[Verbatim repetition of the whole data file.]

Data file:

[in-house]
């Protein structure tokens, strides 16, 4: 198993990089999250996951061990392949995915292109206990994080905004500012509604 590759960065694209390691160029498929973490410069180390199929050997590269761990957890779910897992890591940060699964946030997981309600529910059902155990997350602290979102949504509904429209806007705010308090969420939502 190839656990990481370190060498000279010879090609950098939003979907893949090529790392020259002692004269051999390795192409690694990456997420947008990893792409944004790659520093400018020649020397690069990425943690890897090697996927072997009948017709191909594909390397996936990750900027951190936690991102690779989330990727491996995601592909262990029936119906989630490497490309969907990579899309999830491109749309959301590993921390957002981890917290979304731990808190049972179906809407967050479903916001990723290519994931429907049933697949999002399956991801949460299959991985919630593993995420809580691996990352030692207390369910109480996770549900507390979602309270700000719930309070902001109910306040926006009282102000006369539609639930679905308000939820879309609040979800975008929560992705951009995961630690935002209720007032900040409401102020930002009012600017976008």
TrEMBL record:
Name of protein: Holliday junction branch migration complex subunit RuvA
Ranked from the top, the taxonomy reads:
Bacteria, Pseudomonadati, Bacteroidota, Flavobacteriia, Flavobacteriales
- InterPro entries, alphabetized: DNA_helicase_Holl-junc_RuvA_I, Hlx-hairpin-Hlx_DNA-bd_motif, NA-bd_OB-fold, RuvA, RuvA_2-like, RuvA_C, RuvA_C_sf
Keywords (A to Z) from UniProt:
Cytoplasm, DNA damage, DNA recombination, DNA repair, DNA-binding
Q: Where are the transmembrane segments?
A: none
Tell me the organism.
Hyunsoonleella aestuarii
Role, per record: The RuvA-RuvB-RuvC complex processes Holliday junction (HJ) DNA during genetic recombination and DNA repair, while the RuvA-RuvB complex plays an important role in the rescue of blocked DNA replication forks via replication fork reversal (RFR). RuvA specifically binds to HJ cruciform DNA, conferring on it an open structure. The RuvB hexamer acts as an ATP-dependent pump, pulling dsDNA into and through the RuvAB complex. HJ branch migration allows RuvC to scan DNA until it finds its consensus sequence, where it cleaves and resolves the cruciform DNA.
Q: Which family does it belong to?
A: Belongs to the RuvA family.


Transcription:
[in-house]
């Protein structure tokens, strides 16, 4: 198993990089999250996951061990392949995915292109206990994080905004500012509604 590759960065694209390691160029498929973490410069180390199929050997590269761990957890779910897992890591940060699964946030997981309600529910059902155990997350602290979102949504509904429209806007705010308090969420939502 190839656990990481370190060498000279010879090609950098939003979907893949090529790392020259002692004269051999390795192409690694990456997420947008990893792409944004790659520093400018020649020397690069990425943690890897090697996927072997009948017709191909594909390397996936990750900027951190936690991102690779989330990727491996995601592909262990029936119906989630490497490309969907990579899309999830491109749309959301590993921390957002981890917290979304731990808190049972179906809407967050479903916001990723290519994931429907049933697949999002399956991801949460299959991985919630593993995420809580691996990352030692207390369910109480996770549900507390979602309270700000719930309070902001109910306040926006009282102000006369539609639930679905308000939820879309609040979800975008929560992705951009995961630690935002209720007032900040409401102020930002009012600017976008």
TrEMBL record:
Name of protein: Holliday junction branch migration complex subunit RuvA
Ranked from the top, the taxonomy reads:
Bacteria, Pseudomonadati, Bacteroidota, Flavobacteriia, Flavobacteriales
- InterPro entries, alphabetized: DNA_helicase_Holl-junc_RuvA_I, Hlx-hairpin-Hlx_DNA-bd_motif, NA-bd_OB-fold, RuvA, RuvA_2-like, RuvA_C, RuvA_C_sf
Keywords (A to Z) from UniProt:
Cytoplasm, DNA damage, DNA recombination, DNA repair, DNA-binding
Q: Where are the transmembrane segments?
A: none
Tell me the organism.
Hyunsoonleella aestuarii
Role, per record: The RuvA-RuvB-RuvC complex processes Holliday junction (HJ) DNA during genetic recombination and DNA repair, while the RuvA-RuvB complex plays an important role in the rescue of blocked DNA replication forks via replication fork reversal (RFR). RuvA specifically binds to HJ cruciform DNA, conferring on it an open structure. The RuvB hexamer acts as an ATP-dependent pump, pulling dsDNA into and through the RuvAB complex. HJ branch migration allows RuvC to scan DNA until it finds its consensus sequence, where it cleaves and resolves the cruciform DNA.
Q: Which family does it belong to?
A: Belongs to the RuvA family.